A day in the life of a Rohingya refugee

Rohingya Camp Filippo Grandi UNHCR

Refugees chief Filippo Grandi this weekend heard at first hand the challenges facing Rohingya refugees in Kutupalong refugee camp in Cox’s Bazar, Bangladesh. © UNHCR/Roger Arnold

This article was exclusively written for the Sting by Dr. Imtiaz Hafiz, Medical Officer of Primary Health Center at Relief International who also serves as a Clinic in-Charge OPD (Out Patient Department) in the PHC funded by UNICEF at WW Zone, Rohingya Camp. Dr. Imtiaz Hafiz is affiliated to the International Federation of Medical Students Associations (IFMSA). The opinion expressed in this piece belongs to the writer and does not necessarily reflect IFMSA’s view on the topic, nor The European Sting’s one.

The Rohingya are the world’s most persecuted community who are forcibly displaced Myanmar Nationals (FDMN). They are not recognised as Myanmar’s 135 official ethnic groups and have been denied citizenship in Myanmar since 1982. Nearly all of the Rohingya in Myanmar live in the western coastal state of Rakhine and are not allowed to leave without government permission.

It is one the poorest states in the country with a lack of basic services and opportunities. Recently there has been a major surge of FDMN to Bangladesh due to the hike of persecution and violence in the Rakhine State of Myanmar. The Myanmar government runs the textbook example of ethnic cleansing in the 21st Century whereas the international community remains silent to solve the issue.

Living conditions

The displaced nationals from Myanmar are living in extremely overcrowded tents made in bare lands or mountains at Bangladesh. The tents are made from bamboos and tarpaulin. The hygiene is compromised resulting in spread of waterborne diseases in the community.

Communicable and Non Communicable Diseases

Infectious diseases are the most prevailing diseases in the community. Tuberculosis has been detected in large numbers of patients whose sputum are positive for acid fast bacilli. Diarrhoea, respiratory tract infections and skin diseases are the common problems. Non communicable disease are less as mostly young people fled. But cases like hypertension and diabetes are reported in the elderly age group.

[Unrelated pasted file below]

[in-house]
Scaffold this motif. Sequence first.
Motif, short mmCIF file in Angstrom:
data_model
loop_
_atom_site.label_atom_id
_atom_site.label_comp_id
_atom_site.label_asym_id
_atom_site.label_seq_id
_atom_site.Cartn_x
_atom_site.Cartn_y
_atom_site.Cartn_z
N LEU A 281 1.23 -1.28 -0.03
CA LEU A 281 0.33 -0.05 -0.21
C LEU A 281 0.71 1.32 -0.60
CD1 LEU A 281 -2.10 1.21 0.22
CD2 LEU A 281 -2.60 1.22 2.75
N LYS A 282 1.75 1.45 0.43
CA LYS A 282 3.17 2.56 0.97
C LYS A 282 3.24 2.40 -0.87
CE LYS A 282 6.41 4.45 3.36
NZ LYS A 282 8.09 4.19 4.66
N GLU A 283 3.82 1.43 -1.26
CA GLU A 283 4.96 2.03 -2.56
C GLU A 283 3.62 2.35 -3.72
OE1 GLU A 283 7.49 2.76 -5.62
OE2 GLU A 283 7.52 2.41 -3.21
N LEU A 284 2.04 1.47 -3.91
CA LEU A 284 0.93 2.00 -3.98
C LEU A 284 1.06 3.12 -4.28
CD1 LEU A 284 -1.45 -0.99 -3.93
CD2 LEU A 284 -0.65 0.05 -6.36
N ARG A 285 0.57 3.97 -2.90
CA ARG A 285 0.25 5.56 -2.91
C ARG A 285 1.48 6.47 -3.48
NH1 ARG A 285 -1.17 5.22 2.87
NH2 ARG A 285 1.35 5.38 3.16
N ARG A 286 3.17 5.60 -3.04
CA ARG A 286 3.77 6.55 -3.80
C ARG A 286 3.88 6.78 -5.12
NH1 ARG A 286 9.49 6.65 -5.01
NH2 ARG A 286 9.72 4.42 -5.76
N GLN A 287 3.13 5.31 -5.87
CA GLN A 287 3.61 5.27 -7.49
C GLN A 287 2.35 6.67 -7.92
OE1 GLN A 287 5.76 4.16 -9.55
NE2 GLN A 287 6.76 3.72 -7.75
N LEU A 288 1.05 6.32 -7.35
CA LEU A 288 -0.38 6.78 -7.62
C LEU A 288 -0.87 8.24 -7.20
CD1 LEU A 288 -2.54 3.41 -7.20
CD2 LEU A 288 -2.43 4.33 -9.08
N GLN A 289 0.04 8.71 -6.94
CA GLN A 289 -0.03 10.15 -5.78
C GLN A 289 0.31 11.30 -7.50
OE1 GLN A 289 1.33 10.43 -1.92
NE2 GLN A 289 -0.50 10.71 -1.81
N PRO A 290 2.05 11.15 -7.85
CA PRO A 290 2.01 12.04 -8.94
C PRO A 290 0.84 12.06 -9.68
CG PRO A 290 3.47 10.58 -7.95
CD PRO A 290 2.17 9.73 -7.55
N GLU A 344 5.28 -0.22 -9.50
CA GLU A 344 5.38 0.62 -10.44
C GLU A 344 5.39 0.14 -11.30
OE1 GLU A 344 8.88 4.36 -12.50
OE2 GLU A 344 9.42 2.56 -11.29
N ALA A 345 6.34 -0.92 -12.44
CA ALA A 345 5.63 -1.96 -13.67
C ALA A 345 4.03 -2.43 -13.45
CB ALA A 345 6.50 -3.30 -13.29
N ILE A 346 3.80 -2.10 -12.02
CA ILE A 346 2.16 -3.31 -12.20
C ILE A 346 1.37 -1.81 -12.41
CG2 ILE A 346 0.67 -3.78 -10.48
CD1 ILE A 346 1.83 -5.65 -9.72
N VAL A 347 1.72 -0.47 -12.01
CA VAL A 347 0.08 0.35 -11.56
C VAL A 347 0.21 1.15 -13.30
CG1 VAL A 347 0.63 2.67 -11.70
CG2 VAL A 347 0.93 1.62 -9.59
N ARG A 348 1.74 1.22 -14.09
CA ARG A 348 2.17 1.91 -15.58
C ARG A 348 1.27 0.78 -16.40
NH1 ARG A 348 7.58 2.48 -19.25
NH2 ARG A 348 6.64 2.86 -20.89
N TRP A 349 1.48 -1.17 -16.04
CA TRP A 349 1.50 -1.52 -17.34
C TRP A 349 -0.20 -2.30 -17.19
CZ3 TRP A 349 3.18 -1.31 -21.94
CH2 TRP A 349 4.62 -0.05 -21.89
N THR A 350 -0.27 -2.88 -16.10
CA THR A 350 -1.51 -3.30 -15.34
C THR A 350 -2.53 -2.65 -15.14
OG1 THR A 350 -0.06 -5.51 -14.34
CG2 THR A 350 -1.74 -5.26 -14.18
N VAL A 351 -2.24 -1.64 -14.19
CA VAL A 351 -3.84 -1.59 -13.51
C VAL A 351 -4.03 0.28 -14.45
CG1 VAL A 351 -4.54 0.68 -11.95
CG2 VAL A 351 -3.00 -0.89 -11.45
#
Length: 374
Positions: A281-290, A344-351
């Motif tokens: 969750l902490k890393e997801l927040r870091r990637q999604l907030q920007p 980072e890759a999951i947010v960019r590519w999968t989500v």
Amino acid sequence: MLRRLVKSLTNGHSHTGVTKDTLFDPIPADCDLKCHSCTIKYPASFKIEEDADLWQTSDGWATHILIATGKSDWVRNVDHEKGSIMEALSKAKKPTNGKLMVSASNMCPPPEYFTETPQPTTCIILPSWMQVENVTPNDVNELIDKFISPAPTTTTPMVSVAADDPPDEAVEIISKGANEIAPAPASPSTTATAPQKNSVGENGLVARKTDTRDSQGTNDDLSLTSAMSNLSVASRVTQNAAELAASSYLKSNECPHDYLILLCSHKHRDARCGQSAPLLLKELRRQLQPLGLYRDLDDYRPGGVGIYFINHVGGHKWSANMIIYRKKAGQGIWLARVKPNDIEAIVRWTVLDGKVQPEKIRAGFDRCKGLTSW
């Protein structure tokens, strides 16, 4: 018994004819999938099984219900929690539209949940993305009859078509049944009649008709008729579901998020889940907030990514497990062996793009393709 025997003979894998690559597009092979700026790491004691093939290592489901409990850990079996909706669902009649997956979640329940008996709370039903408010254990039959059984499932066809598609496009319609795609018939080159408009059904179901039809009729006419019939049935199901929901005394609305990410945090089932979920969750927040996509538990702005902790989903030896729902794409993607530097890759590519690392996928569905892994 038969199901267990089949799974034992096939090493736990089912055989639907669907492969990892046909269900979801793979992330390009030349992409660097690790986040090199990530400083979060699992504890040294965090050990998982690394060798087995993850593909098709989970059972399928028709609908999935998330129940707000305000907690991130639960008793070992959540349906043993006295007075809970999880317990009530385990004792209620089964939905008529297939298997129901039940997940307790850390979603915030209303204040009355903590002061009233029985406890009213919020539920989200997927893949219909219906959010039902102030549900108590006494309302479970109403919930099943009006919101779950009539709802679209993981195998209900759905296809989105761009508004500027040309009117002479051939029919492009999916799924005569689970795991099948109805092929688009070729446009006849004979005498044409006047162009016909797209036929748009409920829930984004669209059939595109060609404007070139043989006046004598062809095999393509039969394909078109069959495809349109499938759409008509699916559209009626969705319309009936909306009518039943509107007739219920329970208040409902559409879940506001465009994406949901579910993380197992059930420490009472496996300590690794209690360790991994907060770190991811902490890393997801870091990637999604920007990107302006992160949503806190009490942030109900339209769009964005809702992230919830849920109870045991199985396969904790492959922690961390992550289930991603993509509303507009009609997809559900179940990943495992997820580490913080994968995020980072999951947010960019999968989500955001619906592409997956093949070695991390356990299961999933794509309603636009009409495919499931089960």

Reproductive Health

As per the statistics of different NGOs, the average number of children per family is 5. The contraceptive is less among them. So, there are huge number of pregnant ladies in the Rohingya communities. The NGOs are providing antenatal care services and offering normal vaginal delivery services by midwives and birth attendants.

The Rohingya community are mostly unaware of the advantages of the family planning services. The highest reported number of children for a single mother was 21. Most of them reject family planning methods when offered. The lack of education and social stigma amounts to the higher reproduction rate.

Immunization and Nutrition

As they have denied for decades from basic human rights. They have no vaccine coverage. WHO, Government of Bangladesh and allied organizations working to vaccinate the children.

A large portion of the children under 5 are malnourished. Many of them are suffering from moderate to severe malnutrition.

Epidemic Breakout

Any epidemic can bring a massive disaster to the community and whole Bangladesh. As they are huge community so any disease will take less time to spread. This may also endanger the lives of healthcare givers working in the field. There has an outbreak of Diphtheria and Measles in the camps where there has been reported cases of mortality.

Major Organizations working in the field

Médecins Sans Frontières MSF has a hospital with several departments. There have the highest number of health posts where they have indoor facilities in most. Doctors and other health workers work for 24/7 in the posts.

International Federation of Red Cross (IFRC) has set up a field hospital with two operating theatres, good investigation facilities. They also operate in remote camps and provide health care. Also multiple international red crescents and crosses are working to provide the healthcare to the affected community.

About the author

Dr. Imtiaz Hafiz is working as Medical Officer of Primary Health Center at Relief International. He is also serving as a Clinic in-Charge OPD (Out Patient Department) in the PHC funded by UNICEF at WW Zone, Rohingya Camp. He has finished his graduation and internship in the year 2017 and started to serve the displaced nationals. He has been working for more than 4 months in the camps and counting. During his med student life, he was involved with IFMSA, attended APRM 2014 Bangladesh and MM2015 Turkey. He has served as a local officer on medical education, national officer on medical education and secretary general in the national organization. He has also worked in different IFMSA groups and was a TMET trainer in his term.

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